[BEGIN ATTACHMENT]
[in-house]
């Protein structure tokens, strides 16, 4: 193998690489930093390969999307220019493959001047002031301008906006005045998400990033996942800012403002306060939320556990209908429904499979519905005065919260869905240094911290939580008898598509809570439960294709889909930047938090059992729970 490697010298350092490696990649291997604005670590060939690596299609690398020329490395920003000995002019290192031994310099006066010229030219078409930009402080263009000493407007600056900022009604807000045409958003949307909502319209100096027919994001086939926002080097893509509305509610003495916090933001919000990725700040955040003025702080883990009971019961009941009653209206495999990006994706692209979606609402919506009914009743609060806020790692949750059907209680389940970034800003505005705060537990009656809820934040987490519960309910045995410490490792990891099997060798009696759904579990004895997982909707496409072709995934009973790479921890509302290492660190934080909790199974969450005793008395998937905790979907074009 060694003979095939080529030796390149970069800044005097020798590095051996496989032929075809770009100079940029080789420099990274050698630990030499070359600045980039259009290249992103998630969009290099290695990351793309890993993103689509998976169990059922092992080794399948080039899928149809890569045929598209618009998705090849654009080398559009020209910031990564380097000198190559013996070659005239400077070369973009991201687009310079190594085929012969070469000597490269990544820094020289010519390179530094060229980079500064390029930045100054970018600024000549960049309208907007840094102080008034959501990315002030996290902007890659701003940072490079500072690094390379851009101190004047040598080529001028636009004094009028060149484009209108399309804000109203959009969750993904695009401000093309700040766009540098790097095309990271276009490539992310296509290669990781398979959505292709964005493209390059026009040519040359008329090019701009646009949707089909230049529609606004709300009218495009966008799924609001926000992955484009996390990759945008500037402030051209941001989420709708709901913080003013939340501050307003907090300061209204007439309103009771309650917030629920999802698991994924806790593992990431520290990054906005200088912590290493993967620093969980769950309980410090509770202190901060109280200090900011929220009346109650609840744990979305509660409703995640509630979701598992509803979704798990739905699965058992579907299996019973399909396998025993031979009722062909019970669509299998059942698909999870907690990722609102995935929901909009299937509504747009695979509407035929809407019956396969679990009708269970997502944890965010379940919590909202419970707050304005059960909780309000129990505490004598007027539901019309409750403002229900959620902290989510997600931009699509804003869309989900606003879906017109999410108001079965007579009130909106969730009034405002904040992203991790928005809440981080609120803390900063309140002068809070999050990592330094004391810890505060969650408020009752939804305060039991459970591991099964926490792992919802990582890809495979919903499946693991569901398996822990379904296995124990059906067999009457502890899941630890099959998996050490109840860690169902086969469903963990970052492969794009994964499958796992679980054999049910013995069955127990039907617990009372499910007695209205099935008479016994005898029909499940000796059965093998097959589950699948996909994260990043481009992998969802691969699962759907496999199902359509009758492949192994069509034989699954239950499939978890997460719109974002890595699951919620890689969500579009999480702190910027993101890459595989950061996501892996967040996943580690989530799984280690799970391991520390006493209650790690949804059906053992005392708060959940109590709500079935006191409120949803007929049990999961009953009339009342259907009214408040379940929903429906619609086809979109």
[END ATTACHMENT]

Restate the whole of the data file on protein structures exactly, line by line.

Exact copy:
[in-house]
């Protein structure tokens, strides 16, 4: 193998690489930093390969999307220019493959001047002031301008906006005045998400990033996942800012403002306060939320556990209908429904499979519905005065919260869905240094911290939580008898598509809570439960294709889909930047938090059992729970 490697010298350092490696990649291997604005670590060939690596299609690398020329490395920003000995002019290192031994310099006066010229030219078409930009402080263009000493407007600056900022009604807000045409958003949307909502319209100096027919994001086939926002080097893509509305509610003495916090933001919000990725700040955040003025702080883990009971019961009941009653209206495999990006994706692209979606609402919506009914009743609060806020790692949750059907209680389940970034800003505005705060537990009656809820934040987490519960309910045995410490490792990891099997060798009696759904579990004895997982909707496409072709995934009973790479921890509302290492660190934080909790199974969450005793008395998937905790979907074009 060694003979095939080529030796390149970069800044005097020798590095051996496989032929075809770009100079940029080789420099990274050698630990030499070359600045980039259009290249992103998630969009290099290695990351793309890993993103689509998976169990059922092992080794399948080039899928149809890569045929598209618009998705090849654009080398559009020209910031990564380097000198190559013996070659005239400077070369973009991201687009310079190594085929012969070469000597490269990544820094020289010519390179530094060229980079500064390029930045100054970018600024000549960049309208907007840094102080008034959501990315002030996290902007890659701003940072490079500072690094390379851009101190004047040598080529001028636009004094009028060149484009209108399309804000109203959009969750993904695009401000093309700040766009540098790097095309990271276009490539992310296509290669990781398979959505292709964005493209390059026009040519040359008329090019701009646009949707089909230049529609606004709300009218495009966008799924609001926000992955484009996390990759945008500037402030051209941001989420709708709901913080003013939340501050307003907090300061209204007439309103009771309650917030629920999802698991994924806790593992990431520290990054906005200088912590290493993967620093969980769950309980410090509770202190901060109280200090900011929220009346109650609840744990979305509660409703995640509630979701598992509803979704798990739905699965058992579907299996019973399909396998025993031979009722062909019970669509299998059942698909999870907690990722609102995935929901909009299937509504747009695979509407035929809407019956396969679990009708269970997502944890965010379940919590909202419970707050304005059960909780309000129990505490004598007027539901019309409750403002229900959620902290989510997600931009699509804003869309989900606003879906017109999410108001079965007579009130909106969730009034405002904040992203991790928005809440981080609120803390900063309140002068809070999050990592330094004391810890505060969650408020009752939804305060039991459970591991099964926490792992919802990582890809495979919903499946693991569901398996822990379904296995124990059906067999009457502890899941630890099959998996050490109840860690169902086969469903963990970052492969794009994964499958796992679980054999049910013995069955127990039907617990009372499910007695209205099935008479016994005898029909499940000796059965093998097959589950699948996909994260990043481009992998969802691969699962759907496999199902359509009758492949192994069509034989699954239950499939978890997460719109974002890595699951919620890689969500579009999480702190910027993101890459595989950061996501892996967040996943580690989530799984280690799970391991520390006493209650790690949804059906053992005392708060959940109590709500079935006191409120949803007929049990999961009953009339009342259907009214408040379940929903429906619609086809979109």